Red Sox very unfamiliar with new ace Michael Wacha
Cardinals rookie Michael Wacha is pitching like an ace right now. The Red Sox know that, but they knew little more about the rookie.
My answer to that question right now is yes, and he's going to get to prove as much to a Red Sox team that doesn't really know much about him.
"I know he throws hard," said Shane Victorino. "I haven't seen or studied much of him."
He's not alone. Not a single player on the Red Sox roster has ever faced Wacha in big-league play. Conventional wisdom says a situation like that generally favors the pitcher.
"Here and there you get to see him on TV," Red Sox shortstop Stephen Drew said when asked if he knew anything about Wacha. "But it's not like being in the box. When you step in the box for the first time against a guy, it's totally new."
And Wacha is absolutely locked in right now.
Since rejoining the rotation heading into September, he's made eight starts. He's gone 5-1 with a 1.20 ERA, 0.84 WHIP and 50 strikeouts in 52 1/3 innings. That's including three playoff games in which he's only allowed one run -- a solo homer by Pedro Alvarez, and there's no shame in that -- while also beating Clayton Kershaw twice in the same series. He's twice flirted with no-hitters and has been nearly unhittable for the past four starts.
That, to me, means we can call him an ace for this World Series. Even if he humbly disagrees.
"I wouldn't say (I'm) the ace," Wacha, the NLCS MVP, said on The Doug Gottlieb Show. "We got one of those in Wainwright. Maybe in a couple years or so I might be able to be dubbed something along those lines."
If we want to discuss that he needs to do more to prove himself before calling him an "ace" next spring, I'd agree with the argument and with him. But he only has two starts (maximum) left against an opponent that knows very little about him. I am absolutely considering him a second ace in this series. Amazingly, this is only about a year and a half since Wacha was pitching for Texas A&M.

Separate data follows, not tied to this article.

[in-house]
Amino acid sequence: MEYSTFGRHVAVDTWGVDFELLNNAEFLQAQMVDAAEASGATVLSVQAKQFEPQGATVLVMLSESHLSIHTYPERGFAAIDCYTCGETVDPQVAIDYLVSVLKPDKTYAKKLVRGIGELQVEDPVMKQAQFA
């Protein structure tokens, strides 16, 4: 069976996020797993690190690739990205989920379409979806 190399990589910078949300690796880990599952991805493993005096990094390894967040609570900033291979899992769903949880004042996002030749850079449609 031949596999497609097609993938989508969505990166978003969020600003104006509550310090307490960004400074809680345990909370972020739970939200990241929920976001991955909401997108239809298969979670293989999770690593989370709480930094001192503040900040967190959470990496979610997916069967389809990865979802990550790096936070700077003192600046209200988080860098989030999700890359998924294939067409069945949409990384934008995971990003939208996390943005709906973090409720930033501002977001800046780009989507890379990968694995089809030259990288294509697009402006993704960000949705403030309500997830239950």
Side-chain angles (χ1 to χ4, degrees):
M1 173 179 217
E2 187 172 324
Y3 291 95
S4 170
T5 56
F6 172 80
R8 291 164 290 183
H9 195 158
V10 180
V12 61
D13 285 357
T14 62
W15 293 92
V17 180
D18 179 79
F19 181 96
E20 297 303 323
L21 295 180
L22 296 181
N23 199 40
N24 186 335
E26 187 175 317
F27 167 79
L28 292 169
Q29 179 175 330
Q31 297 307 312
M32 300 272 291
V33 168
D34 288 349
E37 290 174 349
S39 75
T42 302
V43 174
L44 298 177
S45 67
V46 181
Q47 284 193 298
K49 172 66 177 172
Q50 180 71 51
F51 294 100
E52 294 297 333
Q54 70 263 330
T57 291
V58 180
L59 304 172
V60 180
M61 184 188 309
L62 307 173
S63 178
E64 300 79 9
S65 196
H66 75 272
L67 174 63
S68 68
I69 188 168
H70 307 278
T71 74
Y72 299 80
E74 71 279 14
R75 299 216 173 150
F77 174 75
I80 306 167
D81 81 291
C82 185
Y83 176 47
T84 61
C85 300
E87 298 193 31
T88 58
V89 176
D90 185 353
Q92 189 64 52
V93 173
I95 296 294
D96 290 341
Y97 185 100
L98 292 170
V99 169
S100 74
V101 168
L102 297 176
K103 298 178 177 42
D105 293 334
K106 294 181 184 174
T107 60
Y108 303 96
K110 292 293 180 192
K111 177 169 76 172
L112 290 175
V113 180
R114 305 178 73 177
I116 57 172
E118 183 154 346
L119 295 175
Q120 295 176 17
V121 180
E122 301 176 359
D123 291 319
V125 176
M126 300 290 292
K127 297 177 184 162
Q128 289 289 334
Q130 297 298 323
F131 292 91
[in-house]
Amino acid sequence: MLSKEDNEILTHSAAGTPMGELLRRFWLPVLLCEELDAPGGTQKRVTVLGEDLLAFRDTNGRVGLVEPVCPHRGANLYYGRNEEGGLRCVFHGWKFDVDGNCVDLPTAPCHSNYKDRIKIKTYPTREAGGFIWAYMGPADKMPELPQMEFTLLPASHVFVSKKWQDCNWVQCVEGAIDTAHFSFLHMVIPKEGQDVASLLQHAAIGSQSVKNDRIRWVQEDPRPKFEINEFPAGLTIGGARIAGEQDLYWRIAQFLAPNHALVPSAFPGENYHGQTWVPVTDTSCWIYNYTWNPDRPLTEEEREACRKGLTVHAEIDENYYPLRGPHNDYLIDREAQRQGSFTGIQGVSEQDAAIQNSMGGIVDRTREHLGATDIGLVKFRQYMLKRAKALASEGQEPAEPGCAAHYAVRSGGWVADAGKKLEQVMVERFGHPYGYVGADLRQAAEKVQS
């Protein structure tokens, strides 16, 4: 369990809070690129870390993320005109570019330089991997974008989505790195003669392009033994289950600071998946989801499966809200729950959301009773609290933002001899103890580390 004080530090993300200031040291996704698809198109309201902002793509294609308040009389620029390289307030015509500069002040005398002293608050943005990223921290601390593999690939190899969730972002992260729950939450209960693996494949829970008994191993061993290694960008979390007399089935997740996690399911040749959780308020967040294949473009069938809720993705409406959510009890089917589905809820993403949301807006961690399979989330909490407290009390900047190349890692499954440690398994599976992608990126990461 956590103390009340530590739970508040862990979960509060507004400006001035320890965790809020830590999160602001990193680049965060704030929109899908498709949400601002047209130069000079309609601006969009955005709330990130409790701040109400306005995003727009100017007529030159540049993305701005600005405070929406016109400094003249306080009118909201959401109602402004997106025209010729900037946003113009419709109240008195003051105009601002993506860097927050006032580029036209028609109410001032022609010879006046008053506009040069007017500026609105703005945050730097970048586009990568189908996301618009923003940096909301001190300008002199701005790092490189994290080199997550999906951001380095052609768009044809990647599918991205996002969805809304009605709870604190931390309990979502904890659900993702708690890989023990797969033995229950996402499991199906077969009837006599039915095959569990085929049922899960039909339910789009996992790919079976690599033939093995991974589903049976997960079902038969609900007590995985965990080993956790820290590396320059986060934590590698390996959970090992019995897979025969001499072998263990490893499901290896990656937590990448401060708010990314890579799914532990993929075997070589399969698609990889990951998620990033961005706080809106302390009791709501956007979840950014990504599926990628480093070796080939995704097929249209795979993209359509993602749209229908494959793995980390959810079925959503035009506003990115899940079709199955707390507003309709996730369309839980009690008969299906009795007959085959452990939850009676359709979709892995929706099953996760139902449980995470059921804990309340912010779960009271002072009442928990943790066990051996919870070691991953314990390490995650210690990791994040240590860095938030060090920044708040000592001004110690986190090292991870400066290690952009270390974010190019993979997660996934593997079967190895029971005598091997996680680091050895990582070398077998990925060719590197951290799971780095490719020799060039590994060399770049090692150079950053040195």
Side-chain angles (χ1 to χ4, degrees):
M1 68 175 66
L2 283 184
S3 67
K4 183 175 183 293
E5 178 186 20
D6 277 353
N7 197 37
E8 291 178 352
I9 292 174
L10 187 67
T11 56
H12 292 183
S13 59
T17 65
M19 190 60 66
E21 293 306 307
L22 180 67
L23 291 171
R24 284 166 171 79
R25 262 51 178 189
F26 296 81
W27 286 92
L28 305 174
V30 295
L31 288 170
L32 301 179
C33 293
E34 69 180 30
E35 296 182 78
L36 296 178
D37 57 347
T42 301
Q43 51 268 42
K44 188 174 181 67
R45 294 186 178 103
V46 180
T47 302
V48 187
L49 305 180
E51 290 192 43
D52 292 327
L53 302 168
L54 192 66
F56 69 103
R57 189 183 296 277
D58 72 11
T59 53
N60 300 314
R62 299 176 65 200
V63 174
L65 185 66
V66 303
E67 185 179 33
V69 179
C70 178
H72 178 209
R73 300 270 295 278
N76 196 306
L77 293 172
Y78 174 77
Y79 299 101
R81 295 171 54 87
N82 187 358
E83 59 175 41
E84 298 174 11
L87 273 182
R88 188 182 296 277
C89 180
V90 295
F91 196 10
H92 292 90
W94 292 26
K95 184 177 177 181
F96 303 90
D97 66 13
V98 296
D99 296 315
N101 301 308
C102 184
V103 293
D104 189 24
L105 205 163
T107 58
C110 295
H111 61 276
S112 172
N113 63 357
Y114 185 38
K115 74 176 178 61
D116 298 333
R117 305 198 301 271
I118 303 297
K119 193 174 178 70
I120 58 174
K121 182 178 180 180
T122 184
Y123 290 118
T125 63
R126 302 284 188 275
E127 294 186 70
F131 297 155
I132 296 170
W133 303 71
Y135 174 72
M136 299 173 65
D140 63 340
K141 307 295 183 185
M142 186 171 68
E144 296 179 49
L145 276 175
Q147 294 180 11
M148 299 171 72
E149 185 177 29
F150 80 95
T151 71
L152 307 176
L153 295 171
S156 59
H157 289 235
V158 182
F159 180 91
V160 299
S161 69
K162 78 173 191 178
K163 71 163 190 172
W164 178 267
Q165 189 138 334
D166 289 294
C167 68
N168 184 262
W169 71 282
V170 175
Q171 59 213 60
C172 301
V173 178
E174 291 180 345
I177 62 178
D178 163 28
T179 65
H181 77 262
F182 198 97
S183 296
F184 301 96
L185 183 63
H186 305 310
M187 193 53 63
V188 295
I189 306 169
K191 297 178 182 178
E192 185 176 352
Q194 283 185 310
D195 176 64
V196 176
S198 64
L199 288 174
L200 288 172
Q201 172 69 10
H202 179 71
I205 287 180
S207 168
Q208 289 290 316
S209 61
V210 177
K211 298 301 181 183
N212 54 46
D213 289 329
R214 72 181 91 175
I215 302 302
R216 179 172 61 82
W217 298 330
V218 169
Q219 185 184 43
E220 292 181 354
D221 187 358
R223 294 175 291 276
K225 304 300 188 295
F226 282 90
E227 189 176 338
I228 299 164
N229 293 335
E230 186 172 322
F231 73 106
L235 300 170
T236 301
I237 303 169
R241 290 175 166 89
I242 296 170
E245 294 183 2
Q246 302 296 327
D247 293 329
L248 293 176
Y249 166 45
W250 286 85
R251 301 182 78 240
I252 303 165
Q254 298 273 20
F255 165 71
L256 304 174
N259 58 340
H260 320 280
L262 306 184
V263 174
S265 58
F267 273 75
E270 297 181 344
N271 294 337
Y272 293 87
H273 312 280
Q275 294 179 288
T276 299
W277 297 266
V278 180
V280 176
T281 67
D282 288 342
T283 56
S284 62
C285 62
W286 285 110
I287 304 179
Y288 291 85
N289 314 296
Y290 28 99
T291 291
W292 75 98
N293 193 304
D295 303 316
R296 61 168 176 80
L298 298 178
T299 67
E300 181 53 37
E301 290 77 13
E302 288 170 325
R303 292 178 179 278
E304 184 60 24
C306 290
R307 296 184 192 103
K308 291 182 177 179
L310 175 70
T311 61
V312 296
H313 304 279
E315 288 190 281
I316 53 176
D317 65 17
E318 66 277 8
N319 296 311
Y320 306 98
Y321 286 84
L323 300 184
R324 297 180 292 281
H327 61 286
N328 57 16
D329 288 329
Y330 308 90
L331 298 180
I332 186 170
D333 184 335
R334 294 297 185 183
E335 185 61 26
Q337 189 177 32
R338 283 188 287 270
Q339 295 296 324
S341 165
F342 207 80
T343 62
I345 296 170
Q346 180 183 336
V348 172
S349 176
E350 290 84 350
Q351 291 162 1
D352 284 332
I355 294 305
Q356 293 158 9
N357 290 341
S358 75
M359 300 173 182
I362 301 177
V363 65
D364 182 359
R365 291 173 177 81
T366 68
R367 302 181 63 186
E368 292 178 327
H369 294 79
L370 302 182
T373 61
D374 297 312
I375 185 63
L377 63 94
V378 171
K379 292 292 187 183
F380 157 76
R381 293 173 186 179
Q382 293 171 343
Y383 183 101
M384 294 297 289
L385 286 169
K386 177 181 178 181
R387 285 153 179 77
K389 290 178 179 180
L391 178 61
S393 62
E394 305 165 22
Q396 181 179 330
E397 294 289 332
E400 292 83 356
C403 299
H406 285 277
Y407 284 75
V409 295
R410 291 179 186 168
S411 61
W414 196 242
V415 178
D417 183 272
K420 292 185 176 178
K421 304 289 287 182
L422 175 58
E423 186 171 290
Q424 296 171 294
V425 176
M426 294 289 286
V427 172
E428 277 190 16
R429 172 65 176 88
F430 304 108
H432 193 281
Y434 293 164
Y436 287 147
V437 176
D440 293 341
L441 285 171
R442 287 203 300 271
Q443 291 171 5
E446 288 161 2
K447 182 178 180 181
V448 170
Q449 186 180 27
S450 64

"How many kids are you able to pull out of college and 18 months later be able to be able to throw them in a pennant rush and be there for the push and be ready to stand up and be ready to contribute?" Cardinals manager Mike Matheny rhetorically asked when discussing Wacha's postseason.
The easy answer to that question is "not many."
So the Red Sox have the tall order of figuring him out on the fly. They'll do the only thing they really can do.
"We'll watch video," first baseman Mike Napoli said. "Maybe talk to a couple guys that I know who played in the National League. Basically you're gonna get a scouting report, watch video and try to get an idea of what he's gonna try to do."
Again, it'll be a tall order. Not that the Red Sox have never toppled an ace before.
"He's done some great things so far. He finished real well," Mike Carp said. "Down the stretch, he was one of the most talked about pitchers on the National League side."
True, but ...
"But our offense is tough to pitch to. Detroit did their best and did about as good a job as anyone could do."
But they'd seen those guys before. They haven't seen Wacha.
The entire series should be fun and intriguing, but I'm especially excited to see how things go for Wacha and the Red Sox offense in Game 2 and hopefully again in Game 6.
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